Lion’s mane mushrooms (Hericium erinaceus) are white, globe-shaped fungi which have long, shaggy spines. People can eat them or take them by means of supplements. Studies suggest that they may offer a range of health and fitness benefits, including reduced inflammation and improved cognitive and heart health.
Folks Asia start using these mushrooms for both culinary and medicinal purposes. Health food stores sell lion’s mane extract in supplement form, and the fungus along with its extracts look like helpful to health.
Here we discuss the potential benefits of Lion’s Mane and take into account the possible risks and unwanted effects of their use. Immune function
Lion’s mane mushrooms may enhance the defense mechanisms, partly by reducing inflammation and preventing oxidation.
Research on mice suggests that lion’s mane mushrooms may increase the activity from the intestinal defense mechanisms.
The results of another study on mice indicate that a protein in lion’s mane mushrooms encourages the growth of beneficial gut bacteria that strengthen immunity.
Anxiety and depression – Extracts from lion’s mane mushrooms may be beneficial in the treating of anxiety and depression.
In a 2015 study, mice that consumed lion’s mane mushroom extract displayed fewer depressive behaviors along with blood markers that indicated lower depression. They suggest that this is because of the extract’s anti-inflammatory effects.
The results of any 2018 pet study support this, using the writers concluding that these mushroom extracts may include agents which can be helpful for dealing with depressive conditions.
In a small Japanese research, women with a number of health grievances, such as menopausal signs and symptoms and bad rest high quality, ate biscuits that contains lion’s mane ingredients or placebo cookies for four weeks. The individuals who ate the draw out noted lower amounts of discomfort and anxiousness as opposed to those within the placebo group.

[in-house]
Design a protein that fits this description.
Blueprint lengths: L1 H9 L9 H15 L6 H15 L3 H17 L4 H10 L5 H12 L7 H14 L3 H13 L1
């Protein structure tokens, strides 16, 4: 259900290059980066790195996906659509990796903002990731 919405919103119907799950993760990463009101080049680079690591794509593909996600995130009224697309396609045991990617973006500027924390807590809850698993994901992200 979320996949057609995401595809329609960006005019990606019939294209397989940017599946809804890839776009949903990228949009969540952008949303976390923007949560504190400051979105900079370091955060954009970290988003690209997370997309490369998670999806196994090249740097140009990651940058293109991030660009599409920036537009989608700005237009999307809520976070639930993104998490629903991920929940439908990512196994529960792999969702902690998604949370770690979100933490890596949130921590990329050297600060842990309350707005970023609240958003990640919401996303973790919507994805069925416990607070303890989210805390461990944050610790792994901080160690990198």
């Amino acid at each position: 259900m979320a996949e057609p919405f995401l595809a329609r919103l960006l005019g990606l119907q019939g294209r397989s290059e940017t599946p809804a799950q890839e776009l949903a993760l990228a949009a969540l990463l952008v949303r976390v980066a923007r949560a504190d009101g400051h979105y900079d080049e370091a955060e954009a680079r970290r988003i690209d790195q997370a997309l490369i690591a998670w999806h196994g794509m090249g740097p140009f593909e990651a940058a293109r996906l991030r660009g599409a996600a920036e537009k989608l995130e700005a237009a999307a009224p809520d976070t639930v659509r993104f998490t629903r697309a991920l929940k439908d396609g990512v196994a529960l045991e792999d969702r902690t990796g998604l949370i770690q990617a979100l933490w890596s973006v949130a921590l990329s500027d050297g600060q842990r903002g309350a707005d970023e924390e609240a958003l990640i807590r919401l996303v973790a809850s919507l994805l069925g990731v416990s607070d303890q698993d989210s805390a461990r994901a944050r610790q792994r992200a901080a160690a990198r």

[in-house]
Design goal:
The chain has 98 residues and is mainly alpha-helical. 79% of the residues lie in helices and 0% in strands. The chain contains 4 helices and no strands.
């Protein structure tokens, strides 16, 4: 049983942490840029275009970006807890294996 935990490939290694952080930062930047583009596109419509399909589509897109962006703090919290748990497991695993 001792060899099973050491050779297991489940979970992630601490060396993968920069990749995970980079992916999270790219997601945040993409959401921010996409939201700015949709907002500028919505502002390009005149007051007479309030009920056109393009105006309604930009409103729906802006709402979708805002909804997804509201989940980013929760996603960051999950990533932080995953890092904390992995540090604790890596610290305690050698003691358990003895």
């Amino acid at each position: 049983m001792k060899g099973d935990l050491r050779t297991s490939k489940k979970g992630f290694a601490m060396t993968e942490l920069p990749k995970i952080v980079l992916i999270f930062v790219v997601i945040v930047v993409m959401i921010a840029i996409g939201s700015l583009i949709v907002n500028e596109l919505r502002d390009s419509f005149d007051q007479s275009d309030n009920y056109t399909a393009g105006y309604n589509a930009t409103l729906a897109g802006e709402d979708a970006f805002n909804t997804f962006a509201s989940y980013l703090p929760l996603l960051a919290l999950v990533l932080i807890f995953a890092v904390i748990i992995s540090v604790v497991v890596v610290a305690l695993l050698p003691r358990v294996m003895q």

Intellectual health – It is probable that lion’s mane mushrooms might increase intellectual functionality, however the existing research is primarily on animals. In just one research, lion’s mane dietary supplements appeared to give rodents much better object reputation and recognition recollection.
Other scientific study has concluded that the fresh mushrooms may have the potential to treat or prevent diseases that cause a decline in cognitive health, including Parkinson’s illness and Alzheimer’s disease.
Nevertheless, there is presently a lack of research on the results of lion’s mane mushrooms in humans with Alzheimer’s disease.
An older Japanese research on adults aged among 50 and 80 years with moderate intellectual impairment found that every day intake of mushroom extract for 16 days triggered higher scores on cognitive functionality scales in contrast to a placebo team. These scores decreased once again once the individuals stopped taking the extract.
Heart health – Lion’s mane extract may improve heart health, but the research to date has primarily used animal subjects. Research on rats showed that the mushroom extracts might possess a cholesterol-lowering effect.
Cancer – The antioxidant properties of lion’s mane mushrooms may play a role in cancer prevention or treatment. The outcomes of the in vitro study indicate that lion’s mane extracts have therapeutic potential against human leukemia. Research using animal models found that these particular mushroom extracts may also fight liver, colon, and gastric cancer cells.
These findings are promising, but it is not currently easy to confirm the same effects will apply in people.
Diabetes – Controlling glucose levels is key to managing diabetes. In a single study, blood glucose levels in rats with diabetes were lower when they received lion’s mane mushroom extract for 4 weeks.
One of the complications of diabetes is nerve damage resulting from prolonged periods of high blood sugar levels. A 2015 study on rats, where they ingested lion’s mane extract for six or seven weeks, showed positive results, including lower glucose levels, reduced feelings of nerve pain, and improved antioxidant activity.
Digestive health – Lion’s mane may help digestive health by fighting inflammation, which could be advantageous for people who have inflammatory bowel disease (IBD). The mushroom may also boost immune function and encourage the growth of good bacteria in the gut.
In vitro studies report that lion’s mane mushrooms can result in antibacterial activity that may improve digestion. Research in mice supports these findings by showing that extracts of lion’s mane may protect against stomach ulcers.
Wound healing – Extracts from lion’s mane mushrooms may provide healing benefits for skin wounds. Research on rats with neck wounds found that topical use of lion’s mane extract resulted in faster healing. However, more extensive research is necessary for the medical community to recommend lion’s mane mushrooms for topical use on humans.
Nervous system recovery – Damage to the nervous system can have significant effects on health. Some study implies that extracts of lion’s mane mushrooms may encourage nerve cells to cultivate and repair more quickly. One study showed iivpdi rats with nerve damage receiving a daily extract of lion’s mane mushrooms had quicker nerve regeneration than control animals.